Quality Assurance in the Media

14. September 2014

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IPJ’s research focuses on quality assurance in print and online journalism and also on how journalism is changing in converging media landscapes: what trends to focus on and how to assure quality in the process.

Specific questions stem from research funded by media companies and editorial media boards and are published for recommended implementation as management reports. Using proven research tools – content and workflow analyses, benchmarking, reader scan and eye tracking evaluations – we establish a profile of strengths and weaknesses for the range of print media offerings and offer concrete recommendations for improving editorial approaches and media production.

We begin with a benchmark process developed in 1998 to develop unbiased quality criteria – vital for the success of newspapers in the market. Building on this, we developed the benchmark program for regional newspapers in subsequent years. This is customized specifically to the needs and demands of the newspaper editors. It functions as a screening process, thus serving the media companies as a calibrating and controlling instrument with which to elevate the performance of its publishing work.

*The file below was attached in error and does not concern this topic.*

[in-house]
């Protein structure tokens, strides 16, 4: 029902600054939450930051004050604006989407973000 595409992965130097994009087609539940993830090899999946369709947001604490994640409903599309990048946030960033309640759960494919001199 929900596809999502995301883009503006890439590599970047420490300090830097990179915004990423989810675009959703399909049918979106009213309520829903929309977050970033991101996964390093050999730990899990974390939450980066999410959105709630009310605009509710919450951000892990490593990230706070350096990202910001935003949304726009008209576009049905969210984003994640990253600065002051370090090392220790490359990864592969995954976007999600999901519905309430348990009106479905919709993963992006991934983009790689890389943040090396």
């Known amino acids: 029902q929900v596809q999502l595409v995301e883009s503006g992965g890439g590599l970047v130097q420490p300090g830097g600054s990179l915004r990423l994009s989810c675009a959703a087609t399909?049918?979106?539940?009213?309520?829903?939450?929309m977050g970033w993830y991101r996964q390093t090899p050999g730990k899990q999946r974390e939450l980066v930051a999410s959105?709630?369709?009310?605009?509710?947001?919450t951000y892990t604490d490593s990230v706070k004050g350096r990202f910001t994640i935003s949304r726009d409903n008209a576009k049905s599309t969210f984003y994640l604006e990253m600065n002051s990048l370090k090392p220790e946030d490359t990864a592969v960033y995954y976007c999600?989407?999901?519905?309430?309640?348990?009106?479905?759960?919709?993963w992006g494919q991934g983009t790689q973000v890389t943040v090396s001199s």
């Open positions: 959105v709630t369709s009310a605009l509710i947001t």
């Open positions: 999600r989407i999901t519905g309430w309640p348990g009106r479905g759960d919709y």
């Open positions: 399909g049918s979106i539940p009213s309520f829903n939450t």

What leads to media usage, and how can that be increased? These questions largely apply to design. But how can functional shortcomings be identified? How can a better design improve usage? For years we have been analyzing newspaper and – more recently – website layout by using eye tracking technology. These micro studies tell us much about the “pre-conscious” perceptions of and reactions to what media has to offer – which we include in our consultations with publishing houses as they redesign their websites.

Since the various media spheres have begun to converge, we have been focusing on crossover media research: the future of the daily newspaper needs to focus on an offline and online integrated medium, which needs to be effective in both versions, with a particular strength in local coverage.

The future of the newspaper remains tied to the reading capabilities of the future readership. As part of a research project, we have studied the avenues and possibilities of gaining readers in the “Next Media Generation.” You can find an analysis with tips and recommendations here.

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